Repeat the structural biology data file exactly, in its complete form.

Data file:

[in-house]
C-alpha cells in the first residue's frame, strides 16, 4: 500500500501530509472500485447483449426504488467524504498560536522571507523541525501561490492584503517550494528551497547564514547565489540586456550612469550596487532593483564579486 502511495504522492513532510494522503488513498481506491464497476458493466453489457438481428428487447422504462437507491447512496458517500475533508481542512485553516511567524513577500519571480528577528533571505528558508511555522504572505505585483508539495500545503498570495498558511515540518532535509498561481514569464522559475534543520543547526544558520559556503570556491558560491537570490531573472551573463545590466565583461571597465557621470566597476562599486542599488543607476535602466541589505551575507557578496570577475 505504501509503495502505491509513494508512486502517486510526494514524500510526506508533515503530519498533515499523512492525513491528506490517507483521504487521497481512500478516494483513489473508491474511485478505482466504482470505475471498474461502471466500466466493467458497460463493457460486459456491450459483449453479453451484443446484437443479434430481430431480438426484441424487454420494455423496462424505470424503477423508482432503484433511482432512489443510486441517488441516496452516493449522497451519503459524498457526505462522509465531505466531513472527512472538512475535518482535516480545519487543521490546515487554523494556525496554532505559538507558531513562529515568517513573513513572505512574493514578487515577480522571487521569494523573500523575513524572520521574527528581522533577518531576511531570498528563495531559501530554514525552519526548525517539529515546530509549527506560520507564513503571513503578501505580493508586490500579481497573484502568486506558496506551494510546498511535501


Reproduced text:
[in-house]
C-alpha cells in the first residue's frame, strides 16, 4: 500500500501530509472500485447483449426504488467524504498560536522571507523541525501561490492584503517550494528551497547564514547565489540586456550612469550596487532593483564579486 502511495504522492513532510494522503488513498481506491464497476458493466453489457438481428428487447422504462437507491447512496458517500475533508481542512485553516511567524513577500519571480528577528533571505528558508511555522504572505505585483508539495500545503498570495498558511515540518532535509498561481514569464522559475534543520543547526544558520559556503570556491558560491537570490531573472551573463545590466565583461571597465557621470566597476562599486542599488543607476535602466541589505551575507557578496570577475 505504501509503495502505491509513494508512486502517486510526494514524500510526506508533515503530519498533515499523512492525513491528506490517507483521504487521497481512500478516494483513489473508491474511485478505482466504482470505475471498474461502471466500466466493467458497460463493457460486459456491450459483449453479453451484443446484437443479434430481430431480438426484441424487454420494455423496462424505470424503477423508482432503484433511482432512489443510486441517488441516496452516493449522497451519503459524498457526505462522509465531505466531513472527512472538512475535518482535516480545519487543521490546515487554523494556525496554532505559538507558531513562529515568517513573513513572505512574493514578487515577480522571487521569494523573500523575513524572520521574527528581522533577518531576511531570498528563495531559501530554514525552519526548525517539529515546530509549527506560520507564513503571513503578501505580493508586490500579481497573484502568486506558496506551494510546498511535501